What began as a swing dance band in 2005 has evolved into a jazz ensemble capable of nailing the demands of a sophisticated musical arranger while maintaining a sense of unselfconscious swing and delightfully free improvisations.
With “Trilby” The Rick Holland -- Evan Dobbins Little Big Band comes to play. The commercial/aesthetic duality of a jazz band’s life is as old as the music itself, yet for listeners looking to hear musicians challenge themselves, and be taken along into music for music’s sake; records like this are the nut.
But they are not possible without the alert, interactive, conversational, groove driving enthusiasm and carefully controlled dynamic range of a drummer such as Rich Thompson, the last drummer to swing the Count Basie Orchestra. For all the challenging writing, brilliant soloing, and as-one ensemble playing earned by appearing regularly together, The Little Big Band’s unity of style owes everything to that grown up, play-or-die-trying rhythm.
Brent Wallarab dresses up Benny Golson’s jazz standard “Stablemates” with a tasteful variety of ensemble colors wed to re-harmonization and extension of a few melodic lines. The effect creates a great setting for the flowing improvisation of our principle soloist, Rick Holland, and alto saxophonist Doug Stone (no hiding Thompson, either, given the piece’s underlying tension and release as the vamp comes and goes). Dig the way the two horn soloists are brought back for a “curtain call” near the end of the piece and how the soloists eventually overlap.
Rick Holland’s flugelhorn improvisations throughout the recording flow with a seasoned musician’s imagination and a hard working trumpeter’s ability to play whatever comes to mind. His piquant touches to the top of the staff (or above) from wherever he happens to be in the improvised melodic line are a great example of where daily practice can take you. His sound is attractive, in fact the sonority he gets from the flugelhorn is an essential component of the group’s impact, and his love of Chet Baker’s melodic invention is completely internalized. Holland’s ability to improvise melodically from his imagination, as opposed to fitting memorized patterns of notes into the chord, is worth careful listening. That’s the way it’s done, folks.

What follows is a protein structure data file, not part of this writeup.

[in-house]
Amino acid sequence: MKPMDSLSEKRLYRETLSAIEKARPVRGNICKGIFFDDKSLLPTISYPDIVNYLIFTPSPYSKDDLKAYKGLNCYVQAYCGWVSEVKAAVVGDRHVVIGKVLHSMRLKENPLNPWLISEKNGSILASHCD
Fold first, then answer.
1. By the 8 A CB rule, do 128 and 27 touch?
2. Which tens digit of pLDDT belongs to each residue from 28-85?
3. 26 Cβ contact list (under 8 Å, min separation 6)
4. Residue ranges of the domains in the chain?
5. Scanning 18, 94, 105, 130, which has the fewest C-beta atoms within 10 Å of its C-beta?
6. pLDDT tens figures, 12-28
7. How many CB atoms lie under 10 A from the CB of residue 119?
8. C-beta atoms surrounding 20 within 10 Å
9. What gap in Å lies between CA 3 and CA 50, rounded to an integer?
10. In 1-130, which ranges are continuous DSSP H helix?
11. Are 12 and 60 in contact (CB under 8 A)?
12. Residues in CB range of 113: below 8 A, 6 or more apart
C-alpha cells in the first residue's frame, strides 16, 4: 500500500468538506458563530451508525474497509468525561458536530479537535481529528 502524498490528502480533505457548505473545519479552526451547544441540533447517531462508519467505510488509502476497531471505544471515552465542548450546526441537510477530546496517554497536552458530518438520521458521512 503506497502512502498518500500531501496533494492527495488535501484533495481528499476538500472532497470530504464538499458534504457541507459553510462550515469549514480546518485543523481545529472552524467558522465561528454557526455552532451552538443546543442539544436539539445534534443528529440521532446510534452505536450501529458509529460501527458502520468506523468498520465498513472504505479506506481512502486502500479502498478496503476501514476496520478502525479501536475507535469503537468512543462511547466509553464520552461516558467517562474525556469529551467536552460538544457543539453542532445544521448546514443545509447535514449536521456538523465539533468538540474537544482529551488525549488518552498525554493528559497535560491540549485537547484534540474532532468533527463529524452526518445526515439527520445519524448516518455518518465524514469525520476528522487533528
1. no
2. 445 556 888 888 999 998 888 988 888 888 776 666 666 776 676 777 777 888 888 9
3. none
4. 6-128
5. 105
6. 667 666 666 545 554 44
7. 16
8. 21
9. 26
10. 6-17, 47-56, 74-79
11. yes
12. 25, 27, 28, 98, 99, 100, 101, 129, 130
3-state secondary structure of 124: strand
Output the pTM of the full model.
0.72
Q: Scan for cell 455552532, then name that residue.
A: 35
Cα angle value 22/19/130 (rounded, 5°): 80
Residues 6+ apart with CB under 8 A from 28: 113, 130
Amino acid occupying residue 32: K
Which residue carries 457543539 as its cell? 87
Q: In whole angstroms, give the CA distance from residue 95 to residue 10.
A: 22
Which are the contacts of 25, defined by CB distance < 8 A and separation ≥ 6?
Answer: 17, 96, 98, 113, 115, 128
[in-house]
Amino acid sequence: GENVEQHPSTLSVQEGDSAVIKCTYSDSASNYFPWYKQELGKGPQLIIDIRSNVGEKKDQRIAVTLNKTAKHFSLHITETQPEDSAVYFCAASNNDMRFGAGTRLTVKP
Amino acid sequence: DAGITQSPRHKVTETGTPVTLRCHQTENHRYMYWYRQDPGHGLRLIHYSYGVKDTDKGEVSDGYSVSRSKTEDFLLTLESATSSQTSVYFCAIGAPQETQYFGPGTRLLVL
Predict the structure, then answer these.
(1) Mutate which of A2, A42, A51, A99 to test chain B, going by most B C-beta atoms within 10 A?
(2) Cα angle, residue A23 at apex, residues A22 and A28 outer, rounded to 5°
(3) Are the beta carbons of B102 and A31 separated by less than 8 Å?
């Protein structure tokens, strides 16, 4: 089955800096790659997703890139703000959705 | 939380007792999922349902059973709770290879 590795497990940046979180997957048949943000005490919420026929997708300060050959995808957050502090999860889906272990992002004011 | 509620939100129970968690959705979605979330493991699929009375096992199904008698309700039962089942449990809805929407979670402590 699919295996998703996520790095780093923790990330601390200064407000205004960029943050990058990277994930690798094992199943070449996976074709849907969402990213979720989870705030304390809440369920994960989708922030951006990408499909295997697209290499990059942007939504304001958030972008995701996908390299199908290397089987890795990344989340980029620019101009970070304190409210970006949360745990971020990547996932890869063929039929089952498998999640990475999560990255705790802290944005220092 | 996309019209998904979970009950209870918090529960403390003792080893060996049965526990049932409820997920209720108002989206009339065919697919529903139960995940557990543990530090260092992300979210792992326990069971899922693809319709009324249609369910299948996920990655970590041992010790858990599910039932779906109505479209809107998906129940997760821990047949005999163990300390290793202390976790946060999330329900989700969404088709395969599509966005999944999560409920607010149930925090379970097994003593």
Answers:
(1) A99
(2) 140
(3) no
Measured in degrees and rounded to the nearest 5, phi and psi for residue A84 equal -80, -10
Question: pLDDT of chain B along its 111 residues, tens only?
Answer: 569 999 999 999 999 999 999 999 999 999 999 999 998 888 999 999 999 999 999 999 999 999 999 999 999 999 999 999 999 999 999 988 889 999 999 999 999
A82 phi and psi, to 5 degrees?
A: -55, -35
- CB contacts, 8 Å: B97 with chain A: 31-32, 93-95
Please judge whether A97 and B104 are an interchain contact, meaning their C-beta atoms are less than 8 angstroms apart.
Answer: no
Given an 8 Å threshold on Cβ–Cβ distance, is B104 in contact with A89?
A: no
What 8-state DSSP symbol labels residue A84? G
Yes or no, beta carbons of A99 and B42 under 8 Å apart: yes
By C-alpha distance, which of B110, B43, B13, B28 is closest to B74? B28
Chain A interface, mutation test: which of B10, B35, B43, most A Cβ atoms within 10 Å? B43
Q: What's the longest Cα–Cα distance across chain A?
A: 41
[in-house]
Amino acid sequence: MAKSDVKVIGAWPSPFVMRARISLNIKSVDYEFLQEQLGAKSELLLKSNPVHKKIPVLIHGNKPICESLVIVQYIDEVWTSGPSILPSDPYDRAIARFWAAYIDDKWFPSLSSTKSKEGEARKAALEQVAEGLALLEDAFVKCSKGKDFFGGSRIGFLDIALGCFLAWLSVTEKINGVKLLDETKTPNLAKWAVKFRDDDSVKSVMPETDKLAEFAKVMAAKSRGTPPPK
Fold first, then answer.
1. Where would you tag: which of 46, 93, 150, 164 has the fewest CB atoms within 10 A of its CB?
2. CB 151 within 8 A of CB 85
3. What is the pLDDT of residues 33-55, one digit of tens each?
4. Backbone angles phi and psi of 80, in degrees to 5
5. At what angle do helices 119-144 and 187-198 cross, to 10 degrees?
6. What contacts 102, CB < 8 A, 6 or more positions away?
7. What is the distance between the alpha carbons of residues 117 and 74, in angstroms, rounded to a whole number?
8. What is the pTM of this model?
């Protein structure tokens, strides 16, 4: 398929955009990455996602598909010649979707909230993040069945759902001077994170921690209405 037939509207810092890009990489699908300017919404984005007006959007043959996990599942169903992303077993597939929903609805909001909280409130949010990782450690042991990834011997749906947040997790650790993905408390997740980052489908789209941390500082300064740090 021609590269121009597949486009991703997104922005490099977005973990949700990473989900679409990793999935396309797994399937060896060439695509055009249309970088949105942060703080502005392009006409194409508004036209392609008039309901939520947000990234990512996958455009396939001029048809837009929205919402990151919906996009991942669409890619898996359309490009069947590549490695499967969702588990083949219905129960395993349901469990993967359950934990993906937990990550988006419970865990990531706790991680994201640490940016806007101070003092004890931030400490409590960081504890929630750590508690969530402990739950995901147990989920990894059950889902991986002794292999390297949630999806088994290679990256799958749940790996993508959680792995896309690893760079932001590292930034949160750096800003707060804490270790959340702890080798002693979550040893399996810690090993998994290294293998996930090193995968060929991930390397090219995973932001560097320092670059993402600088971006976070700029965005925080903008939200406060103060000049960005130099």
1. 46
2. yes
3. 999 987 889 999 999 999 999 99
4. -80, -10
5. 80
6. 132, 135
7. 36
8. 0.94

Two central personalities in the Rick Holland -- Evan Dobbins Little Big Band are featured on Hendrik Meurkens composition, “Slidin’”: pianist/arranger Bill Dobbins of the Eastman School of Music, and his trombone playing son, Evan. A clear, classically trained and personal sounding jazz pianist, Bill Dobbins is one of jazz education’s major contributors and a keeper of the jazz arranger’s flame. His love of “lyrical melodies, counterpoint, chromatic harmony, syncopated and complex rhythms and compelling development of whatever musical material [is at hand]…” guides this recording.
Bill Dobbins says of Rick Holland, “The broad repertoire his groups encompass and the care with which he deals with musical details are a welcome exception in this age of super specialization and an obsession with quick results at the expense of real quality.”
Notice Dobbins’s piano solo on “Slidin’” begins with the march figure that eventually shows up played by the ensemble in the second part of this arrangement. The licks and instrumental voicing in the melodic line and swing of the march are a high level reflection on Thad Jones’s influence. Evan Dobbins is a chip off the old block and a major addition to the band’s repertoire of involved soloists. It’s refreshing to hear an essentially bop oriented trombone player sound like himself.
One of many great moments on the album occurs in the contrapuntal interplay between piano and flugelhorn on “The Cottage,” a form which brilliantly employs the full range of the ensemble, from the unaccompanied duo to a shouting chorus at the big band end of the spectrum dropping suddenly down to David Baron’s bass solo. Utilizing the full palette of instrumental colors and dynamics, Bill Dobbins fashions a classic bop showpiece out of Meurkens’s original.